A day were people should expecting to deal with the Christmas hangover and not moving much after eating a whole Christmas Dinner and Cake in one night. Unfortunately, it was a fight for survival for those living, or on holiday, in Thailand, Sri Lanka and Indonesia in 2004.

It was a 9.1 magnitude earthquake, on the Richter Scale, which ripped through the fault line underneath the Indian Ocean which triggered the deadliest Tsunami ever recorded. Within a matter of hours, the Tsunami which could reach approximately 30-meters high had taken 230,000 lives.

What we learnt from this disaster was the region lacked a tsunami-warning system and the general population awareness of tsunamis was low. However, according to SBS news, the infrastructure and the general public’s awareness around this topic have been increased in the area.

Japanese Tsunami (2011)

Although, not as deadly as the tsunami in 2004, the country of Japan suffered a devastating blow by a tsunami, on March 11, 2011 as 15,000 people lost their lives in the disaster and 9,000 were missing.

However, the Tsunami wasn’t the only risk to the public’s health and well being. In the aftermath of the earthquake (measuring at 9.0 on the Richter Scale), the following tsunami had disabled the power to Japans Fukushima Daiichi nuclear power plant which resulted in a meltdown.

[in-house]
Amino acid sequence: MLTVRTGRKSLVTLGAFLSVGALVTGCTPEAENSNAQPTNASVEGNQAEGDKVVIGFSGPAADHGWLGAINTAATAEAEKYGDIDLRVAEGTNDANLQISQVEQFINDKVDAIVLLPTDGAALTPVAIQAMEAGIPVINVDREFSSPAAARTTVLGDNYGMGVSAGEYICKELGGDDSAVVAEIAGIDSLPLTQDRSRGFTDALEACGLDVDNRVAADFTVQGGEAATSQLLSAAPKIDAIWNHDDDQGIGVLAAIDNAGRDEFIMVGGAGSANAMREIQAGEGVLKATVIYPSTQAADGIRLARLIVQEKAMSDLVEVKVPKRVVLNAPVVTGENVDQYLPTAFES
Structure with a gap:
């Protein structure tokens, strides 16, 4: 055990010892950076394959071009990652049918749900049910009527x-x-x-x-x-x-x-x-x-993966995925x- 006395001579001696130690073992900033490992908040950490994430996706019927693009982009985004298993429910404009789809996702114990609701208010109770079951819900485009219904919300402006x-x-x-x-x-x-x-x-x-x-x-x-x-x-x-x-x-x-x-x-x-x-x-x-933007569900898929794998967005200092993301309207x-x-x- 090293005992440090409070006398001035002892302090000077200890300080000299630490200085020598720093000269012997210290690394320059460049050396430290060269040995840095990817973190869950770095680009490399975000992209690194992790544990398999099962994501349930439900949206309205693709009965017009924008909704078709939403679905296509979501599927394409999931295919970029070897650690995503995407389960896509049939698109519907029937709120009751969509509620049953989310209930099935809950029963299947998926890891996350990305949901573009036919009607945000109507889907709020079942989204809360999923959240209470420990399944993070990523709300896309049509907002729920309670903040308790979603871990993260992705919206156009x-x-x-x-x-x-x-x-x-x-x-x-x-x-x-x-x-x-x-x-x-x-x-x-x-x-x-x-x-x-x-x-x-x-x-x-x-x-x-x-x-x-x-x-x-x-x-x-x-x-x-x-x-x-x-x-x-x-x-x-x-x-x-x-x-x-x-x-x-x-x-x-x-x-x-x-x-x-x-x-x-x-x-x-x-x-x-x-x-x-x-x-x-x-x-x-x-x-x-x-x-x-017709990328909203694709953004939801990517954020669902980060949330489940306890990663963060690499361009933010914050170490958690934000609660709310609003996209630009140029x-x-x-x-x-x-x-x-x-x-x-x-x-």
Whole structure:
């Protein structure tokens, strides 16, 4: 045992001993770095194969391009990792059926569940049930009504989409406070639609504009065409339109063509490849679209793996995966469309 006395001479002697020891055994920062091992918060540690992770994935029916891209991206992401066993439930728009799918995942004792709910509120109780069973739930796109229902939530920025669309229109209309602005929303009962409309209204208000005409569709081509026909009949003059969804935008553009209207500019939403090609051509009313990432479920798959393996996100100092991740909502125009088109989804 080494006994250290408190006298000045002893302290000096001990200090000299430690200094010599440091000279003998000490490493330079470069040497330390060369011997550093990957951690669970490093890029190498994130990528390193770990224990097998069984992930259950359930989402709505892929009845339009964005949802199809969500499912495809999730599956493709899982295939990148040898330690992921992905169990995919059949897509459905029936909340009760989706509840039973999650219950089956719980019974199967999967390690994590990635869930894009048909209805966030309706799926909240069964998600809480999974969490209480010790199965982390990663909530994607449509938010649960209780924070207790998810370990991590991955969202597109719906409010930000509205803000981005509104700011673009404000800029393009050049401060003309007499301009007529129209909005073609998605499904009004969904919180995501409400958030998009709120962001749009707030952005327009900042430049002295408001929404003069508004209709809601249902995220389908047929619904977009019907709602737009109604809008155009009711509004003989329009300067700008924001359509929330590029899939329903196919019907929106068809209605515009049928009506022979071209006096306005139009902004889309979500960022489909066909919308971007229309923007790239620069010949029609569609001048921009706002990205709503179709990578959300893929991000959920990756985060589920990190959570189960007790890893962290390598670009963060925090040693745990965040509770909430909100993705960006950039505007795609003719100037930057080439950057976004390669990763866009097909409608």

The accident was rated at a seven, sharing a place with Chernobyl on the INES (International Nuclear and Radiological Event Scale), as high amounts of radioactive material was released days after the natural disaster after three reactors had exploded. This incident was the second worst nuclear accident, after the infamous Chernobyl nuclear accident of 1986 and it resulted in an evacuation residents who lived within a 12-mile radius of the plant.

Brexit (2016)

In 2016, citizens of the United Kingdom voted on a referendum, resulting in the public being in favor to leave the European Union. from the result to the day we officially left, this year, the whole ordeal has seen two British Prime Ministers resign before the current PM, Boris Johnson, finally got a deal to go through.

The UK had been a member state within the EU from 1 January 1973 to 31 January 2020. In this 47-year relationship, when the referendum came through and Johnson’s predecessor Theresa May finally triggered Article 50 (the two-year transition out of the EU) the relationship seemed to turn sour.

Many of us just wanted it over a done with, while others worried about how it would affect them. However, despite failed negotiations between parliament, the PM and the EU, we finally left the union as of January 31.

Coronavirus Pandemic

This list wouldn’t seem complete without the inclusion of the current Coronavirus pandemic. Originating in the Chinese city of Wuhan, the world suffered a big hit as many countries were forced to go into lockdown as the virus continued to spread.

Sports, like everything else, were heavily affected by the outbreak. The Formula One season hadn’t even started before it was postponed and there was speculation that the Premier League maybe null and voided, scrapping all the hardwork the Merseyside team had done this season.

At the time of writing this, on a global scale, 9.63 million people have been confirmed to have contracted the deadly disease with 490,000 people who have died from the virus. However, normality is slowly returning as some sports are returning to our screens and pubs and restaurants are set to reopen on July 4.